CNN reports ISIS is attempting to take the government complex in Ramadi.
ISIS will fail. This, even more than Kobani, will be known as the “high water mark” of ISIS. Some may recall this phrase from the history of the U.S. Civil War, of Longstreet’s assault into the Union lines, at the Battle of Gettysburg, on July 3, 1863. This is of that magnitude.
The considerations that form this estimate are as follows:
- All eyes are upon the defenders. They know they will be branded as heros or cowards. In other words, the same “search for significance” which has been discovered to motivate the influx of ISIS recruits is now within the grasp of the defenders.
- To the Iraqis, the asset is worth bending the rules of air support that minimize civilian casualties.
- The close proximity of official Iraqi forces facilitates deployment of U.S. ground personnel for precision targeting.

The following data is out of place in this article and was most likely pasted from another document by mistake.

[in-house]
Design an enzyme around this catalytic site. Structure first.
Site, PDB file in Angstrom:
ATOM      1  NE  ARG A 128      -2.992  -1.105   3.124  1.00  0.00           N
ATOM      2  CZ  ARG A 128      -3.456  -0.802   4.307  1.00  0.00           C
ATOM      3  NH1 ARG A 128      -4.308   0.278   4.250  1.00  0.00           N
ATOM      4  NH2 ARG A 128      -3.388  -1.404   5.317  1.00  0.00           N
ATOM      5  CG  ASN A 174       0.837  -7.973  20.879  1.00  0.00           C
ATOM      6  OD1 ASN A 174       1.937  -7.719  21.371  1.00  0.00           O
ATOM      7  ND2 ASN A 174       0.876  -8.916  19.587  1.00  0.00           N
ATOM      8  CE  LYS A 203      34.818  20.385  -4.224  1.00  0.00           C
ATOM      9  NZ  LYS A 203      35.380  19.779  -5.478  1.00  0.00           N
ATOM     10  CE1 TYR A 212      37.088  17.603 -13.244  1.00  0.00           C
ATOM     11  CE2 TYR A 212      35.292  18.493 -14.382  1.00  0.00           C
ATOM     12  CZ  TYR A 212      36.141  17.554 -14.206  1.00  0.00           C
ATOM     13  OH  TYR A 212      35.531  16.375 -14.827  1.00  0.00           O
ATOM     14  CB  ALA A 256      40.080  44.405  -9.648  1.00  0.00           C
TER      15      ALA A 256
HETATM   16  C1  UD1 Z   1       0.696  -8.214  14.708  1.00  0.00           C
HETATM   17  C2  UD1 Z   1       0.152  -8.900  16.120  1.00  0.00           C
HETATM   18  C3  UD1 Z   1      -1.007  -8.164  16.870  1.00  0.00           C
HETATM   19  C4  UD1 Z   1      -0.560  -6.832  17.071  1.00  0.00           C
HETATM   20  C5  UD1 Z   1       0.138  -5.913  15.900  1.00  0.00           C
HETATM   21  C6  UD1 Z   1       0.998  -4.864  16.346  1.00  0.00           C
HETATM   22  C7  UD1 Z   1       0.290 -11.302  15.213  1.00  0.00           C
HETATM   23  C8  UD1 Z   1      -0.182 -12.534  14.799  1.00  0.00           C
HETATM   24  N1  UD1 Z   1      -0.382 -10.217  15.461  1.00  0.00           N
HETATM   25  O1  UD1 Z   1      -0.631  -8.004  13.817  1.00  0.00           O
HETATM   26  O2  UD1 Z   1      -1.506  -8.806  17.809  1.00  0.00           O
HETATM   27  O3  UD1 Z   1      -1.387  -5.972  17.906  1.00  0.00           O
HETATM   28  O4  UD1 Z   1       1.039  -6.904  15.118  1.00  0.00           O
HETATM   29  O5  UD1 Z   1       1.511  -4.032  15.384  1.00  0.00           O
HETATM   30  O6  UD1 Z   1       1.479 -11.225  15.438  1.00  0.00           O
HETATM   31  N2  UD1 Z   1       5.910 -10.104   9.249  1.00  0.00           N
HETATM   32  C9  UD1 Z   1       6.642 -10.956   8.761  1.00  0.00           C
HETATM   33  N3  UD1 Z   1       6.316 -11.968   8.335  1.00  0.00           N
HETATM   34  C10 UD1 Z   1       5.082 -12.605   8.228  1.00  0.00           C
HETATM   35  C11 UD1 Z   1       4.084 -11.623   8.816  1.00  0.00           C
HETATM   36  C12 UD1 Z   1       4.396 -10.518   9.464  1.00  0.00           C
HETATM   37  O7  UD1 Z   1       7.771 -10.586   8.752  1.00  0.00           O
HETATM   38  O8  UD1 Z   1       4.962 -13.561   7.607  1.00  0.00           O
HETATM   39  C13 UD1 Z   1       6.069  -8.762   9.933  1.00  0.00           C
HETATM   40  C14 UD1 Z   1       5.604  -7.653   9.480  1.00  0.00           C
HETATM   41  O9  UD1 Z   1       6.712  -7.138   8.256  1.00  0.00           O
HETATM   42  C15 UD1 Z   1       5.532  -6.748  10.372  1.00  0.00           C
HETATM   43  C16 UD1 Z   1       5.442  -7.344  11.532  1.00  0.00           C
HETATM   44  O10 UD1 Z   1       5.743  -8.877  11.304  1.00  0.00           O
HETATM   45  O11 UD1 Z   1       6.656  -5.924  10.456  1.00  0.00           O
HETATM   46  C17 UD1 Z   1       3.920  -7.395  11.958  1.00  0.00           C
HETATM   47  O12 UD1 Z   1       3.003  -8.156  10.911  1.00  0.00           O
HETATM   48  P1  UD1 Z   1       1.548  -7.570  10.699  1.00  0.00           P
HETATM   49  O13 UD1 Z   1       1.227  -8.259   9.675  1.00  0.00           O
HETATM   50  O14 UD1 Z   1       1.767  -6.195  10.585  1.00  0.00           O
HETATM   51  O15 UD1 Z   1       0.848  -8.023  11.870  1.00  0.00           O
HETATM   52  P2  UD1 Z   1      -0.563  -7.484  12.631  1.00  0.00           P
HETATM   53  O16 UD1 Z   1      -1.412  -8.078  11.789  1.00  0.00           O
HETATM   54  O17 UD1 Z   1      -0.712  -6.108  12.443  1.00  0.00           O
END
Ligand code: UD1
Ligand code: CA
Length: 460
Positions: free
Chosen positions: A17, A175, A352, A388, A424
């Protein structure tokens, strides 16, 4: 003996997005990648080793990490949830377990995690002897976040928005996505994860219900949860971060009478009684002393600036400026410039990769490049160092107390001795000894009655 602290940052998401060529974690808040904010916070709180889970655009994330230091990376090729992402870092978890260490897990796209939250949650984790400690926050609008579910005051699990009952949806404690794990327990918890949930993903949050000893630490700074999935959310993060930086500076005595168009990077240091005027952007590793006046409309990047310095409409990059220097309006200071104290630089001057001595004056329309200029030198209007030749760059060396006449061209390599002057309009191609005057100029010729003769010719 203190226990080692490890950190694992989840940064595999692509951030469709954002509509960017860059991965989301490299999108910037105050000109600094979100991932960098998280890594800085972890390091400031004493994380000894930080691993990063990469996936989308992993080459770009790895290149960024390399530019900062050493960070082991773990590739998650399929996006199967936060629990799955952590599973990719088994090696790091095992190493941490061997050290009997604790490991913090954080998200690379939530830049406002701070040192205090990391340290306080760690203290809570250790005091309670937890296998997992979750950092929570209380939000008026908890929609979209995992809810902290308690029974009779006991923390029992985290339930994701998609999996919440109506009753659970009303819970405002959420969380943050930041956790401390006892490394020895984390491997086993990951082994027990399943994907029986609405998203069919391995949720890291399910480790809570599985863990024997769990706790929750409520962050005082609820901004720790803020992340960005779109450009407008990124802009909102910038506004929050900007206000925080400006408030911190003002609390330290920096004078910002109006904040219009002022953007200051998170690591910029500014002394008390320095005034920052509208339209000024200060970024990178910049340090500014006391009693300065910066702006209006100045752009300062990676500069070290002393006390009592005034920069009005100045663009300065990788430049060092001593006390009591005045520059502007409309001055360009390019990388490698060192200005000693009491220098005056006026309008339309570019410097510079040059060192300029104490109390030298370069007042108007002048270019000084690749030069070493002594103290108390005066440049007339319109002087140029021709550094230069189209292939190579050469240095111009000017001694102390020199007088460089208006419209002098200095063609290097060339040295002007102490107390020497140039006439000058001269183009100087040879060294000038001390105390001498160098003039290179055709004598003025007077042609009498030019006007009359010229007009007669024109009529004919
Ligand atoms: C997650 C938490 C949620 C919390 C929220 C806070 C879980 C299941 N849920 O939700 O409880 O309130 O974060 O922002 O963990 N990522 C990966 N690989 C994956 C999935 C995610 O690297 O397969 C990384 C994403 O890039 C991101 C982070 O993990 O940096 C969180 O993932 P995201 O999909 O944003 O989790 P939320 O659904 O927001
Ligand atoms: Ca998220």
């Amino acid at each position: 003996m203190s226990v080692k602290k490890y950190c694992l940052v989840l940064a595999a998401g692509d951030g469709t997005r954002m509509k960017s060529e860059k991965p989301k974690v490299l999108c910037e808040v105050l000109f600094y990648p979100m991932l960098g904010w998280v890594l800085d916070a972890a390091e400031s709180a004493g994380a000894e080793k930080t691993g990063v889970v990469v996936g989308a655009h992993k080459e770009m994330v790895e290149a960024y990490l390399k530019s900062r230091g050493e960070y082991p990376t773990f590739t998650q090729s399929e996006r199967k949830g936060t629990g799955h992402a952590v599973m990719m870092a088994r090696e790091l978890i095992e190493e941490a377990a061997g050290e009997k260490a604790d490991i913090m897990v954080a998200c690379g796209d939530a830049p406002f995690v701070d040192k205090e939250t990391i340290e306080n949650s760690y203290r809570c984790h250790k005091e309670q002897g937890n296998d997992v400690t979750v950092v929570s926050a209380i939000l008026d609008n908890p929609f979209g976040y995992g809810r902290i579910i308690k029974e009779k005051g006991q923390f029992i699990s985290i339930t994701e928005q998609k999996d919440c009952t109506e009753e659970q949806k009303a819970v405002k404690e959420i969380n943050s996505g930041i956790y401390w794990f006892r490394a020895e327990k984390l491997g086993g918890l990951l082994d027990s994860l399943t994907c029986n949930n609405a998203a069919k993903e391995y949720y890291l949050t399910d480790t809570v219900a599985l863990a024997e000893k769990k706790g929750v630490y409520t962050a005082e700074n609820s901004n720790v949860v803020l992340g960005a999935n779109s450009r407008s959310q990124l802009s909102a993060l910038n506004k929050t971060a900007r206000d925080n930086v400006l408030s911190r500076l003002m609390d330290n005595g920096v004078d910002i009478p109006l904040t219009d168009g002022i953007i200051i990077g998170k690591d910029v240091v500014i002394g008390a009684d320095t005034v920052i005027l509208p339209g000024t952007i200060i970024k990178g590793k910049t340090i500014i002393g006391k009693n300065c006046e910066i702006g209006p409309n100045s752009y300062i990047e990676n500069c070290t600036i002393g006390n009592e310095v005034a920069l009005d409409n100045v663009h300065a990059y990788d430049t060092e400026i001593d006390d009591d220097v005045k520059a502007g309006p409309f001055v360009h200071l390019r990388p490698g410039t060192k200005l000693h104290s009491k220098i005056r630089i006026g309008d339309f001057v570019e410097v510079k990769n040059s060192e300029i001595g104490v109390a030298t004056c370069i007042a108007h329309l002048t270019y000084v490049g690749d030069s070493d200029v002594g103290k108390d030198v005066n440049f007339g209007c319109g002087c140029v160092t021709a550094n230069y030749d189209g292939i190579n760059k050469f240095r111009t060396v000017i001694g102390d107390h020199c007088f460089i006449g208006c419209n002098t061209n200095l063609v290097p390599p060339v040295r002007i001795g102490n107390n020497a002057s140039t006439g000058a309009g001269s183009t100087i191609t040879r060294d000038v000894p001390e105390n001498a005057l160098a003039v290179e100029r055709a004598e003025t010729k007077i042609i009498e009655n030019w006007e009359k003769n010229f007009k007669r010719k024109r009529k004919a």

- An ISIS all-out assault has been repulsed. If the LA Times paywall doesn’t stop you, it’s here. For those who rely on open source intelligence, a successful repulse illuminates a ground situation that may be murky even to the participants. ISIS didn’t get it the first time.
- A development of the Vietnam War was a kind of strongpoint called a “firebase”, which delivered regional artillery support on demand. During U.S. involvement in Vietnam, the North Vietnamese did not succeed in overrunning a single firebase, although some were evacuated for tactical reasons. Although Ramadi is not a firebase, U.S. advisers have a wealth of experience defending similar strongpoints.
A rule-of-thumb for military engagement is that the attacking force must have 3 to 1 force superiority over the defender. But this assumes the forces are organized as conventional forces, with similar discipline, training, and motivation. In this case, it is a question-mark, a wild card. But one French ISIS fighter cites free hair shampoo as a motivation. Although Iraqis in general may lack better reasons, those defending Ramadi have one: to live or to die.